The Outer Space Treaty of 1967 proclaimed that celestial objects are “the province of all mankind.” But so far, space travel has been a costly and exclusive province (fewer than 600 people have been in orbit). Today’s headlines about space are dominated by billionaires who dream of escaping their Earth-bound lives or providing new tourist thrills. And the biggest space travel successes in recent memory belong to robots rather than humans. How can we better use space exploration in service of all humanity, not just a favored few? What sorts of social structures and governance practices might make possible greater exploration or even colonization of space? And how might the challenges of traveling through the void of space help us survive an increasingly inhospitable climate here on our home planet?
Analog astronaut and geoscientist Sian Proctor, designer and co-founder of Space Exploration Architecture Melodie Yashar, and Lindy Elkins-Tanton, principal investigator of the NASA Psyche Mission and director of the ASU Interplanetary Initiative, visit Zócalo to discuss the next generation of space exploration and its implications for Earth.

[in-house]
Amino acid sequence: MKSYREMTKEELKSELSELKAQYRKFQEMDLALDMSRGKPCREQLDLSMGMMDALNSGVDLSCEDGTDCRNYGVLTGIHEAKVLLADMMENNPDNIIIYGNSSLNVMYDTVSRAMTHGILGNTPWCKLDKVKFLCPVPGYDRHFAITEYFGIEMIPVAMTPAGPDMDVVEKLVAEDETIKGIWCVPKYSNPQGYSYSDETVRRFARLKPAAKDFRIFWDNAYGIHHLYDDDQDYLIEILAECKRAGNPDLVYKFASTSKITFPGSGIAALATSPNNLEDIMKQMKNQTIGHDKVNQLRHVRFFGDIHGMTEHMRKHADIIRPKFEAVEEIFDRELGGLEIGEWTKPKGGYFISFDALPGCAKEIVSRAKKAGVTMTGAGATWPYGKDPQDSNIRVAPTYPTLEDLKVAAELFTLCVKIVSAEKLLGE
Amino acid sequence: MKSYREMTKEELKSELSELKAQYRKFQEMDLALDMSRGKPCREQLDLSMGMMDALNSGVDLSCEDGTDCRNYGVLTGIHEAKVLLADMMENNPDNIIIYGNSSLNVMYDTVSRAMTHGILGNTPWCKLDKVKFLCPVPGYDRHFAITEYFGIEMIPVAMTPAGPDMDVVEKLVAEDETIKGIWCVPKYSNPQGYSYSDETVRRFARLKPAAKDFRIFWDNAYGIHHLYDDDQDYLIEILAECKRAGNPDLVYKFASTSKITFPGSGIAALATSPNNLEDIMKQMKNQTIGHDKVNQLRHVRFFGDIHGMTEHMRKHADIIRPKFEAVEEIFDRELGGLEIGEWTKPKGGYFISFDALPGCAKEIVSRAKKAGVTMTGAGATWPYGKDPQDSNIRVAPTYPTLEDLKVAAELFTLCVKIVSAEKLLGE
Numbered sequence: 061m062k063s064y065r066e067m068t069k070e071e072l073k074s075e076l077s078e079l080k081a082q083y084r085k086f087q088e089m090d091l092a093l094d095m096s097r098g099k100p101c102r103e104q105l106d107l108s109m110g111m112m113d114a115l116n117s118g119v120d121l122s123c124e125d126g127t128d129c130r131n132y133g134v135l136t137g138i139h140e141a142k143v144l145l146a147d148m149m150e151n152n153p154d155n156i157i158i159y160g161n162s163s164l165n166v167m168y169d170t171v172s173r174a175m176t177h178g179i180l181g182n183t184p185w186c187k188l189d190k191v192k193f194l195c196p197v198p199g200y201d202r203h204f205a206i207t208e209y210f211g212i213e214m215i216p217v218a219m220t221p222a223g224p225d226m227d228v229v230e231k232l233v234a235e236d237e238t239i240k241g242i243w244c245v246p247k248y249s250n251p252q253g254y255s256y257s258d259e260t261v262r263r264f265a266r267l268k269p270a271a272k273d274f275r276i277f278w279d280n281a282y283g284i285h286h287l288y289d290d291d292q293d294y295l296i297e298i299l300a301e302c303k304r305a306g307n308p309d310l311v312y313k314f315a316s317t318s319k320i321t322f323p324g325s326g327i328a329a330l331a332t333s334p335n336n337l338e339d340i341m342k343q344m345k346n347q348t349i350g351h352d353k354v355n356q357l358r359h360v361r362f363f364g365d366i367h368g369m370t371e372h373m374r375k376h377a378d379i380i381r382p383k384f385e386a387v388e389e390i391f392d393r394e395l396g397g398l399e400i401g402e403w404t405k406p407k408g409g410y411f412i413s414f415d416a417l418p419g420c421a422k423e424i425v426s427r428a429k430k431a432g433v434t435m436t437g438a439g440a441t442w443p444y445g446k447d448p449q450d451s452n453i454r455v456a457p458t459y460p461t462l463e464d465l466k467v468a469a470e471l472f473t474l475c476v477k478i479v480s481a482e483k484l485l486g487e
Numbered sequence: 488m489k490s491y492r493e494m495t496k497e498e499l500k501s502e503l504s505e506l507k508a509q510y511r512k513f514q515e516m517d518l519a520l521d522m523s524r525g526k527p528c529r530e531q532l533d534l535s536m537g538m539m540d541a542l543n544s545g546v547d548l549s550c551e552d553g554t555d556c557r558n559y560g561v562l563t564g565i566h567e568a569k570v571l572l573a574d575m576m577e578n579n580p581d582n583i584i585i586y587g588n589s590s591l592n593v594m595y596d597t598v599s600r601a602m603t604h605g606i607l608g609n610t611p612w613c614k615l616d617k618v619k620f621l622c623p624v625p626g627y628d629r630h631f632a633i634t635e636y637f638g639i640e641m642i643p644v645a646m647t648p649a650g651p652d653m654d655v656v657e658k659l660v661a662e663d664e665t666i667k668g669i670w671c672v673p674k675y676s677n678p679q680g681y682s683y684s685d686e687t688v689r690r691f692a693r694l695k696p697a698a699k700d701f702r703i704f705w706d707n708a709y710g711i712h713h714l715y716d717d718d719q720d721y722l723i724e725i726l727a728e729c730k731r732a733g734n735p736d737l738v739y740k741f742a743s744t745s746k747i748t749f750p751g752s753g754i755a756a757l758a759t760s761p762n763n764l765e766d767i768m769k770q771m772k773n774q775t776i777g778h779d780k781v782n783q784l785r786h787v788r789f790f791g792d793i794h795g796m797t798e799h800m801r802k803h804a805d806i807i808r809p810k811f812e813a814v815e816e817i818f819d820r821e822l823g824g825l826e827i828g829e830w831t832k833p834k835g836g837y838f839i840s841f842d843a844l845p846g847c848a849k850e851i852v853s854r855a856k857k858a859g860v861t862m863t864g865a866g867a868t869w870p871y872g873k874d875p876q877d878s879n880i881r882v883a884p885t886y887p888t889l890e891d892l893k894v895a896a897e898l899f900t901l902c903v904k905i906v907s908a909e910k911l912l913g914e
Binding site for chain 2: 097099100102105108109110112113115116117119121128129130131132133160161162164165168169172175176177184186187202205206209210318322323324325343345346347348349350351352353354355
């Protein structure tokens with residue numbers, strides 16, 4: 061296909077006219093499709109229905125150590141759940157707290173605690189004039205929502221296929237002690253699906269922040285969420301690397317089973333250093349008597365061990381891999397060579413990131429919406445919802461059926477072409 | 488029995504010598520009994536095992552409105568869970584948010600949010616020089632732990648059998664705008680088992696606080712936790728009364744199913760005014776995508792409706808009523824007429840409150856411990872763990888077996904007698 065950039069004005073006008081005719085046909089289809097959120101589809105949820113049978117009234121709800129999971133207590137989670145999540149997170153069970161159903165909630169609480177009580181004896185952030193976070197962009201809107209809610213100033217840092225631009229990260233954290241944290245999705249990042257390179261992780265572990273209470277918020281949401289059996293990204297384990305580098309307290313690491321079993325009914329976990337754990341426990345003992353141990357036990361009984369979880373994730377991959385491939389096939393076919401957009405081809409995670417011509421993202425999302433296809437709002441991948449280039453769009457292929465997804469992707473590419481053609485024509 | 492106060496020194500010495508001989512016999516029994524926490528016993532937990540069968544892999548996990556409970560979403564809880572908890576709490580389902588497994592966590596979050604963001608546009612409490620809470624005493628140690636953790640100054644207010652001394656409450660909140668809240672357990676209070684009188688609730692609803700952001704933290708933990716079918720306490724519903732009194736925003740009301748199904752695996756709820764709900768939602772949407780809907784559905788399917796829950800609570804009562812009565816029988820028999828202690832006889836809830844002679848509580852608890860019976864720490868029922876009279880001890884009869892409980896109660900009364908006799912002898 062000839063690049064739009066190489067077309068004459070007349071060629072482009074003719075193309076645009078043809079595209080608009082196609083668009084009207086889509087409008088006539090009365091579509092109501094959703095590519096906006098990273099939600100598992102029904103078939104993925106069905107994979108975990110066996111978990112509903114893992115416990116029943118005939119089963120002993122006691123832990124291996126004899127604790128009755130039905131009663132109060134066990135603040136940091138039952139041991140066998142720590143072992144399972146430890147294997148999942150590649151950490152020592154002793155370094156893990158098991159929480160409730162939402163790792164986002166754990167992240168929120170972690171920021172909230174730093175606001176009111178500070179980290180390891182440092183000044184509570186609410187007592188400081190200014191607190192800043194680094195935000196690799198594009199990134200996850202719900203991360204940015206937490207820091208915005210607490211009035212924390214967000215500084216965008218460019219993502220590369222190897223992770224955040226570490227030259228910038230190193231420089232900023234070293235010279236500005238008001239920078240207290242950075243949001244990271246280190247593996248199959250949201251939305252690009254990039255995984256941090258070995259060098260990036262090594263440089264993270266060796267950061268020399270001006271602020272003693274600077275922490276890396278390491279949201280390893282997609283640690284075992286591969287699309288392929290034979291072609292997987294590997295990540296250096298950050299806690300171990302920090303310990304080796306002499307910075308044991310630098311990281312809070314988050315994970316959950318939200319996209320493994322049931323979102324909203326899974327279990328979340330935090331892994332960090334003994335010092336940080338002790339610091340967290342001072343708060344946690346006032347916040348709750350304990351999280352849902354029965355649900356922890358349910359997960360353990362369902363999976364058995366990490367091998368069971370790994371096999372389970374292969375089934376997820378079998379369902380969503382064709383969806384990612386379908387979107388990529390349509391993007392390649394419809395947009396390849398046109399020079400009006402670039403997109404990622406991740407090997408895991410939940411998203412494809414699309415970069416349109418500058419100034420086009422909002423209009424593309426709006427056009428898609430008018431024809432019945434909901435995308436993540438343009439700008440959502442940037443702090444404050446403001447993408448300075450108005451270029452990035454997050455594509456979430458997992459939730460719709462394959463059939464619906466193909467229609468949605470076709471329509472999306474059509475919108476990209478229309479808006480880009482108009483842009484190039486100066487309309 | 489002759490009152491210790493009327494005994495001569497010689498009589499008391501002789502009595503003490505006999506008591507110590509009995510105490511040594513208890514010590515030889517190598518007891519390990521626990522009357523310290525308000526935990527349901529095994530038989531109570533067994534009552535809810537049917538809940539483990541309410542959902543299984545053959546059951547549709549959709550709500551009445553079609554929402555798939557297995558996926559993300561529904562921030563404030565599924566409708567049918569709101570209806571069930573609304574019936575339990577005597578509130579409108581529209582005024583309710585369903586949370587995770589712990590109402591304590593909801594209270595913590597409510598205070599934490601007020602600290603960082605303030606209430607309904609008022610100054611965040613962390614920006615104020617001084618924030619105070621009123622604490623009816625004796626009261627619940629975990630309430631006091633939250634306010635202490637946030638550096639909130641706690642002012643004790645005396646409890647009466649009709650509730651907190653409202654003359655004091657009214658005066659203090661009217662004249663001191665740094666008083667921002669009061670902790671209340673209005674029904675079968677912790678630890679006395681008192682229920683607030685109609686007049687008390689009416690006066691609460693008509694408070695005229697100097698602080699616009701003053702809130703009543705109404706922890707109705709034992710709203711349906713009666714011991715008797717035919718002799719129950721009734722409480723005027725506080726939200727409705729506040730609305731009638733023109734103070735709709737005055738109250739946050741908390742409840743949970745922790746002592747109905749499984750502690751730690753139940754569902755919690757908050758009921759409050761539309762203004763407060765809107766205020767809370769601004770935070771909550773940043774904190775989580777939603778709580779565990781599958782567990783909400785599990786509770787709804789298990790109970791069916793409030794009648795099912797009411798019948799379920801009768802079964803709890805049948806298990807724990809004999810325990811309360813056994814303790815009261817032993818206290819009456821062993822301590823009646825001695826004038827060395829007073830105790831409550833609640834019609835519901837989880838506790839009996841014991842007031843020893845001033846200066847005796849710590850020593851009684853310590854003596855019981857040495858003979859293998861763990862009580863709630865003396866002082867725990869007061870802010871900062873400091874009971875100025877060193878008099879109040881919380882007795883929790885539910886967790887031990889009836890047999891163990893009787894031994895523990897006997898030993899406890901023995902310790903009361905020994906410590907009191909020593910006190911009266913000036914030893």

Can Earthlings Save Our Planet, Achieve World Peace—And Make a Home on the Moon?
Space Exploration Won’t Create the Utopian Society of Star Trek… Unless We Solve Our Problems Here on Earth First
The title question of last night’s Zócalo/ASU Interplanetary Initiative event was “Can Space Exploration Save Humanity?” But it quickly became clear that an inversion was required. According to a panel …